Where does your 1998–2004 HBO hit series about sex and the single girl go when three of your four girls are no longer single? How about the United Arab Emirates? First, though, there’s one more wedding to celebrate: Anthony (Mario Cantone) and Stanford (Willie Garson) are getting hitched, and it’s a lavish affair, with a white-suited male choir in silver top hats singing “If Ever I Should Leave You,” “Till There Was You,” and “Sunrise, Sunset,” and the ceremony itself officiated by no less than Liza Minnelli. But back in the real world, Miranda (Cynthia Nixon) is getting shit from her boss, Charlotte (Kristin Davis) is watching Harry (Evan Handler) ogle their “Erin-go-braless” Irish nanny (Alice Eve), and Carrie (Sarah Jessica Parker) is fretting that her marriage to Big (Chris Noth) has lost its sparkle.
Abu Dhabi to the rescue, as a sheikh invites Samantha (Kim Cattrall) and her three best friends to come for an all-expense-paid free week. It looks like just what the girls need: a chance to play at being single in a world of unimaginable luxury, and for an hour or so, the film doubles as an Abu Dhabi promotional video. But there’s a snake in this Garden of Paradise — yes, sex. The girls get away with walking through the market in open-toed sandals (not to mention Carrie’s “J’adore Dior” T-shirt), but a public kiss pulls the rug out from under the free holiday.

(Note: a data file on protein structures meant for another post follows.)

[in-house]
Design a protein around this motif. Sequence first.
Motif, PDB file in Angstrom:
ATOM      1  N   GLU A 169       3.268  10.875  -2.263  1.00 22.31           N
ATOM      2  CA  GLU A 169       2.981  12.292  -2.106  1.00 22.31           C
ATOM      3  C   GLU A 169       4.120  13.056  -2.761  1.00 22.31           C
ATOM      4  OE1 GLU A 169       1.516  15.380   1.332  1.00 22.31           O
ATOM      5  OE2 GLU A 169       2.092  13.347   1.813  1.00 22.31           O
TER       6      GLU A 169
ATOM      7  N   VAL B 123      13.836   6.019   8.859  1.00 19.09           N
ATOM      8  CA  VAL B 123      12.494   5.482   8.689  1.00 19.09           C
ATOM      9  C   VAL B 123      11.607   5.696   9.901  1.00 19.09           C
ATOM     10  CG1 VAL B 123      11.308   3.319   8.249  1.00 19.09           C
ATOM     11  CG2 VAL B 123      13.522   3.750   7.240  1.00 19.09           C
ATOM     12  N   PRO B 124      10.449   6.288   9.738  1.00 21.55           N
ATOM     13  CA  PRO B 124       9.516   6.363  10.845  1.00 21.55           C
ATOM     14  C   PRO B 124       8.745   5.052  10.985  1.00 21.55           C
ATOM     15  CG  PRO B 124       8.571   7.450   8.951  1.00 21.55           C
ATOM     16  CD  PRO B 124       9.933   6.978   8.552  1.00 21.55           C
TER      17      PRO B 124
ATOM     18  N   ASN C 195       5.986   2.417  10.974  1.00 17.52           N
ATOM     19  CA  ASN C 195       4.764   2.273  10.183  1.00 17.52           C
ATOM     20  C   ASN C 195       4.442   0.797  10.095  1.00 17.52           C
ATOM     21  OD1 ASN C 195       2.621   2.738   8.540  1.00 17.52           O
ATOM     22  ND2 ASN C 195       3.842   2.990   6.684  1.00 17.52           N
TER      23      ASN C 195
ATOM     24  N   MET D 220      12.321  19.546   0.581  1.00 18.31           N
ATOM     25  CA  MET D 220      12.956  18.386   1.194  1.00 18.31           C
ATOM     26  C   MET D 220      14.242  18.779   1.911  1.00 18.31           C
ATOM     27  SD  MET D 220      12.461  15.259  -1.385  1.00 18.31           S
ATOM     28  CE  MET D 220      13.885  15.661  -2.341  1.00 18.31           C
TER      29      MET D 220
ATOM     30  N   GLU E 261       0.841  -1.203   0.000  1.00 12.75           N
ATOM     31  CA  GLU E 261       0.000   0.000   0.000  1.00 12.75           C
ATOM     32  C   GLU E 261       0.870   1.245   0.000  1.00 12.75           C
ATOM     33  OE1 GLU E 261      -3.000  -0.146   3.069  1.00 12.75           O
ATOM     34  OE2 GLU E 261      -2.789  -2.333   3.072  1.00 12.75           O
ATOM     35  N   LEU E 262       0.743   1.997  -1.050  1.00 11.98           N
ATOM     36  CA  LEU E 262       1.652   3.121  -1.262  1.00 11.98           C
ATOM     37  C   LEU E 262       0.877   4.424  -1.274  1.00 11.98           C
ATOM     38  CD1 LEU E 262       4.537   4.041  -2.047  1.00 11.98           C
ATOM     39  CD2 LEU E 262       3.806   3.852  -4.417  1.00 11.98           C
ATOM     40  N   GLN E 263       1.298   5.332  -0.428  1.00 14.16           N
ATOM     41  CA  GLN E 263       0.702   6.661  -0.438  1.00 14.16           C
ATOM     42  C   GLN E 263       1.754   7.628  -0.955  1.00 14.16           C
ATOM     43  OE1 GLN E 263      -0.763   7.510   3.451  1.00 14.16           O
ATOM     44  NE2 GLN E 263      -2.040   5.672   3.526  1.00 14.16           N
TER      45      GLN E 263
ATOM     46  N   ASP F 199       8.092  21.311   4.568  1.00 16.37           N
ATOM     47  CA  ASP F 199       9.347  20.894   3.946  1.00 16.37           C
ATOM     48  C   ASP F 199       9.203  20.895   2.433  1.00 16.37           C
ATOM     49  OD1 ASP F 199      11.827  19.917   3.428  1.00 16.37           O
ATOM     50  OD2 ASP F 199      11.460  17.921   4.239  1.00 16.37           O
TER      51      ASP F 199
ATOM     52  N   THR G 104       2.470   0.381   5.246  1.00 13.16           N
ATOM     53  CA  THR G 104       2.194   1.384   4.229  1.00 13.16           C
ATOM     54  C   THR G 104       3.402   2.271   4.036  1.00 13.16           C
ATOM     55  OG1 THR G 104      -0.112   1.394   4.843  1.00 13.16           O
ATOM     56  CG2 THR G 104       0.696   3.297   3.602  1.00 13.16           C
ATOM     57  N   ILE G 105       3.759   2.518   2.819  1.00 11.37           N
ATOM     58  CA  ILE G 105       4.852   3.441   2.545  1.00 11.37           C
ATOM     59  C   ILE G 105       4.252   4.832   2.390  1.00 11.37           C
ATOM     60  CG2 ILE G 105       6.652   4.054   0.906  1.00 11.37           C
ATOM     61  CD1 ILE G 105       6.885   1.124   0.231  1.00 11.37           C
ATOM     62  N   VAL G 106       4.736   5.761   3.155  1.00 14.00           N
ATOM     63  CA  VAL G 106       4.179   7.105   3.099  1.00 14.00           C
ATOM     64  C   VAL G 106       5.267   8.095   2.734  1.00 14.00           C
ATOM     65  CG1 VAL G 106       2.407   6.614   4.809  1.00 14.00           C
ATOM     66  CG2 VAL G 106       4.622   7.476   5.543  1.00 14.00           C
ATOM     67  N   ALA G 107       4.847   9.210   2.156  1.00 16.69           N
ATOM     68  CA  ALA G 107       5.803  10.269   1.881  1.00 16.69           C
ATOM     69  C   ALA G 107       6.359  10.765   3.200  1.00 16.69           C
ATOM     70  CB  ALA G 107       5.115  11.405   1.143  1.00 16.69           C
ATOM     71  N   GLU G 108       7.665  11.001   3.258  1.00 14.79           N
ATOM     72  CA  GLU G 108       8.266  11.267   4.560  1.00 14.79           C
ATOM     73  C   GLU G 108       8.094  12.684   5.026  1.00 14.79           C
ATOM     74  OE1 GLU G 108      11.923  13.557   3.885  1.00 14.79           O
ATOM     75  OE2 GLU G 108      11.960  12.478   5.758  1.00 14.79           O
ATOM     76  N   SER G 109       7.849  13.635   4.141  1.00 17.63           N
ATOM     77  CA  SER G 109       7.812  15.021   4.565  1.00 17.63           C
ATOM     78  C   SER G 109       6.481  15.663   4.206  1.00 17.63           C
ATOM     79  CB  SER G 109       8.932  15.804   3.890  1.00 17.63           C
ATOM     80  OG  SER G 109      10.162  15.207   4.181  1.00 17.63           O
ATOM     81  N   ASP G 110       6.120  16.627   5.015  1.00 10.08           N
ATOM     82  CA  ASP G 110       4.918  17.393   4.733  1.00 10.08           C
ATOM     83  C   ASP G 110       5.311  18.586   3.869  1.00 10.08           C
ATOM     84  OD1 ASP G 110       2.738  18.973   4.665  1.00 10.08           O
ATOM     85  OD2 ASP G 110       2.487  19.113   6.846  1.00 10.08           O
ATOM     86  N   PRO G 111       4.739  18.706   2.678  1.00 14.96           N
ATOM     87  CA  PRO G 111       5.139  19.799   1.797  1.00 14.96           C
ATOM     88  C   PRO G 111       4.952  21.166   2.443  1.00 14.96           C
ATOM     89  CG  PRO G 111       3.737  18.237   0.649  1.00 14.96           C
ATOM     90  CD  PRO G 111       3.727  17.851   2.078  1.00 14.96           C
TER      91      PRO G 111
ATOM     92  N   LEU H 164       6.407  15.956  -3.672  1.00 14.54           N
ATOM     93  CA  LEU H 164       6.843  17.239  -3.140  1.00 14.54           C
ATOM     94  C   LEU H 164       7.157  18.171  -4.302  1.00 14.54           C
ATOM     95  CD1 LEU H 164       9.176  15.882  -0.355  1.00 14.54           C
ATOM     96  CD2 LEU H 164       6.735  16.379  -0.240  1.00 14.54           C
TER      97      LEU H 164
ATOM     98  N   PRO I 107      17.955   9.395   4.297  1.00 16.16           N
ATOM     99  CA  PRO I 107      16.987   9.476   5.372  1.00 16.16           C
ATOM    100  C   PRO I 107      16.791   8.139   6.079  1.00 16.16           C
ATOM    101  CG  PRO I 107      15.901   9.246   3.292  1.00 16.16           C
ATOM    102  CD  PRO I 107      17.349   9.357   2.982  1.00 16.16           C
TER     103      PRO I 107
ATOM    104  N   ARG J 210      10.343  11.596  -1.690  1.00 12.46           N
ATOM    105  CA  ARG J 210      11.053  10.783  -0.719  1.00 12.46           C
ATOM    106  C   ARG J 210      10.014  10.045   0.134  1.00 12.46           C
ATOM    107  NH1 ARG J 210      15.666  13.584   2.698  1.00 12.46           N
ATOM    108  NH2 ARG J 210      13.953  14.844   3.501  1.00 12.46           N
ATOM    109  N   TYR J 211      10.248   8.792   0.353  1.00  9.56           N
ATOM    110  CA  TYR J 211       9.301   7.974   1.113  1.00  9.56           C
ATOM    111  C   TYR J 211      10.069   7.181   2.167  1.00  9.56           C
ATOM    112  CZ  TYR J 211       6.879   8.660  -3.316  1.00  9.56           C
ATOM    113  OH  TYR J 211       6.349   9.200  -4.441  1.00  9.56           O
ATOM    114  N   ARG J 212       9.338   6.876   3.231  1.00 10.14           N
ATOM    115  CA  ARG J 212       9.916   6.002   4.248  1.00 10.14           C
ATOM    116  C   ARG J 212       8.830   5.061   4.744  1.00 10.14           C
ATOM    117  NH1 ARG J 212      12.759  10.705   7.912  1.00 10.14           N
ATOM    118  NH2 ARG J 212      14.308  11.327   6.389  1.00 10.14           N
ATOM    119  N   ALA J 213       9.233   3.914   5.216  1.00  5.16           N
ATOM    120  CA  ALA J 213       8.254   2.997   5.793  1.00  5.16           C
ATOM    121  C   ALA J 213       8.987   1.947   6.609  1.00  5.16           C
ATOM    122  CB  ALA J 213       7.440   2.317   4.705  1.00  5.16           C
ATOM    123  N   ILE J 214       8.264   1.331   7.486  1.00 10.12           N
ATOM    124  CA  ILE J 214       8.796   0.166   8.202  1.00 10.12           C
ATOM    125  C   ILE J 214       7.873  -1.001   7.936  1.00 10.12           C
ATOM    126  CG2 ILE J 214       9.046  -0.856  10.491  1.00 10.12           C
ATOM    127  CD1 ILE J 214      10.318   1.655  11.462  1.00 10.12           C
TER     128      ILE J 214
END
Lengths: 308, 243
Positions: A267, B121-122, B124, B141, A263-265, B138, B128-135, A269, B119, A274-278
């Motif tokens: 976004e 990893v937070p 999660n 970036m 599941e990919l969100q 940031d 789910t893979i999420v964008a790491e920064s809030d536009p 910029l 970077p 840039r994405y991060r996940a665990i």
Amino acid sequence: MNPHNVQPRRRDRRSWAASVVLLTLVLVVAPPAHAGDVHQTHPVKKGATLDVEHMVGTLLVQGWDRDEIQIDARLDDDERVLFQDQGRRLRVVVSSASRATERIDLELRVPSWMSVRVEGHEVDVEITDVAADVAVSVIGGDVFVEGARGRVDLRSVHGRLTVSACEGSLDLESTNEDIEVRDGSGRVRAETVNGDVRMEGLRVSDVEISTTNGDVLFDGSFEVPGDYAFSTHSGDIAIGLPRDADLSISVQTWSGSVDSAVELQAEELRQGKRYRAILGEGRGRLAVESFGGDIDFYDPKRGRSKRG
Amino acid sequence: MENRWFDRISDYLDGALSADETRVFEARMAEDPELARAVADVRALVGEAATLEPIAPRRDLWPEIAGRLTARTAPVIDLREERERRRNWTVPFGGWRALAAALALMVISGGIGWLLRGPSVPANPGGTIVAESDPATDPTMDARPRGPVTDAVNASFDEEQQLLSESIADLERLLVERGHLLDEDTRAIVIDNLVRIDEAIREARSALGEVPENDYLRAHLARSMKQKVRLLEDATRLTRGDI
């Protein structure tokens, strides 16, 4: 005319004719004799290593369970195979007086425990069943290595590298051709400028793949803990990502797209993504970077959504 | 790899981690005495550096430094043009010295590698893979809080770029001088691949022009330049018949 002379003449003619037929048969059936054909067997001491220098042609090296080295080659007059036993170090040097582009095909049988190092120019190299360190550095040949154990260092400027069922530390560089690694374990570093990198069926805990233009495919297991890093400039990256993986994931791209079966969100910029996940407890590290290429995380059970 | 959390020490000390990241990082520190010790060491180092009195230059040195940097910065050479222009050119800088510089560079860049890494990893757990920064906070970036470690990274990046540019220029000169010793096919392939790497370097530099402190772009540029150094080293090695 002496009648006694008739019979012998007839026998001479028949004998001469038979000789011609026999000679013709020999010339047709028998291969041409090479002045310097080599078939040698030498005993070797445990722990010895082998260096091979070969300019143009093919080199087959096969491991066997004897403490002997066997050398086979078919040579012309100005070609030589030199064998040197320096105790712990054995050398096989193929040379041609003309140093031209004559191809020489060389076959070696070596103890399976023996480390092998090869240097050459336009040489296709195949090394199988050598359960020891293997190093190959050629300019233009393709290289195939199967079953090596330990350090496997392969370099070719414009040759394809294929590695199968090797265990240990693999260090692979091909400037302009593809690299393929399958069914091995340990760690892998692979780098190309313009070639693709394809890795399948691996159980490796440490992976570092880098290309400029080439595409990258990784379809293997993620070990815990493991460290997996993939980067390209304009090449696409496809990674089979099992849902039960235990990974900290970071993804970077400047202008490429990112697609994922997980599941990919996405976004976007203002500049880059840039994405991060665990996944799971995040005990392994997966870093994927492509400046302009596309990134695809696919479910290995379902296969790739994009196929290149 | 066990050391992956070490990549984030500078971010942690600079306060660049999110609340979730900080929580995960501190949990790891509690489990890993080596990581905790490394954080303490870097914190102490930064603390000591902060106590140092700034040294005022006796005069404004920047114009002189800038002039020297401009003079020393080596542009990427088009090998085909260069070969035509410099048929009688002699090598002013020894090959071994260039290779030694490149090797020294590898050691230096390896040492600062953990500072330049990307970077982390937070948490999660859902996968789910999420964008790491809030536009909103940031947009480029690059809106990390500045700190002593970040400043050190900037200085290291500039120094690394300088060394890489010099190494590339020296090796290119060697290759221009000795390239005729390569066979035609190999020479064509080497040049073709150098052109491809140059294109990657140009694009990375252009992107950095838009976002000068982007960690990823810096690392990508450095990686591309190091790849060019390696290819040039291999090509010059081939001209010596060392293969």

Okay, you could have guessed that. Does Charlotte fall off her camel? Yes. Does Carrie run into an old boyfriend (John Corbett)? Also yes. Can Samantha convince the Abu Dhabi authorities that estrogen cream doesn’t count as a drug? No. Do American girls in Abu Dhabi nightclubs get to sing “I Am Woman”? No comment. Does Big act like an idiot not once but twice? Alas, yes. Does the sisterhood of Abu Dhabi stage a burqa breakout? That would be telling. In the end, of course, there’s no place like home (i.e., New York), where everybody’s troubles melt like lemon drops. For a franchise that was supposed to be adventurous about sex, this film (directed by Michael Patrick King, the series’s executive producer) is about as cutting-edge as The Love Boat. But if you’re a fan, you’ll get your money’s worth.